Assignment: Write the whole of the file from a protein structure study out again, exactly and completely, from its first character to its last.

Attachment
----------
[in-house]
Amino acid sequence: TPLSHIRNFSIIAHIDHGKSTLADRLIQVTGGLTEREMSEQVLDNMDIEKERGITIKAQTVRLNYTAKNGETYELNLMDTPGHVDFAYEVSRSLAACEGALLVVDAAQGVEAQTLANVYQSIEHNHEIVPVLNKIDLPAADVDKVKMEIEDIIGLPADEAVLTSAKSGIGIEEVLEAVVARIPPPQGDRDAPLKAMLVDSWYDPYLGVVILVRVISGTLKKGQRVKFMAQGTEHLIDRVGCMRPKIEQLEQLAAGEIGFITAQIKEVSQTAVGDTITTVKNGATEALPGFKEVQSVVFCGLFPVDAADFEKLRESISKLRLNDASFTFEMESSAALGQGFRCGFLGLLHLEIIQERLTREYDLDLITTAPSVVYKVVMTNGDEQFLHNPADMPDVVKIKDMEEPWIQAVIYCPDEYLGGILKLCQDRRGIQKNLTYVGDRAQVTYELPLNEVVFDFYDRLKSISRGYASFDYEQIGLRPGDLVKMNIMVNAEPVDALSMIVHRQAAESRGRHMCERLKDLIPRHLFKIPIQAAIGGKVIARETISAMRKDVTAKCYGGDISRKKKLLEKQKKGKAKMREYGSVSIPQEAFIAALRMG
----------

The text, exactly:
[in-house]
Amino acid sequence: TPLSHIRNFSIIAHIDHGKSTLADRLIQVTGGLTEREMSEQVLDNMDIEKERGITIKAQTVRLNYTAKNGETYELNLMDTPGHVDFAYEVSRSLAACEGALLVVDAAQGVEAQTLANVYQSIEHNHEIVPVLNKIDLPAADVDKVKMEIEDIIGLPADEAVLTSAKSGIGIEEVLEAVVARIPPPQGDRDAPLKAMLVDSWYDPYLGVVILVRVISGTLKKGQRVKFMAQGTEHLIDRVGCMRPKIEQLEQLAAGEIGFITAQIKEVSQTAVGDTITTVKNGATEALPGFKEVQSVVFCGLFPVDAADFEKLRESISKLRLNDASFTFEMESSAALGQGFRCGFLGLLHLEIIQERLTREYDLDLITTAPSVVYKVVMTNGDEQFLHNPADMPDVVKIKDMEEPWIQAVIYCPDEYLGGILKLCQDRRGIQKNLTYVGDRAQVTYELPLNEVVFDFYDRLKSISRGYASFDYEQIGLRPGDLVKMNIMVNAEPVDALSMIVHRQAAESRGRHMCERLKDLIPRHLFKIPIQAAIGGKVIARETISAMRKDVTAKCYGGDISRKKKLLEKQKKGKAKMREYGSVSIPQEAFIAALRMG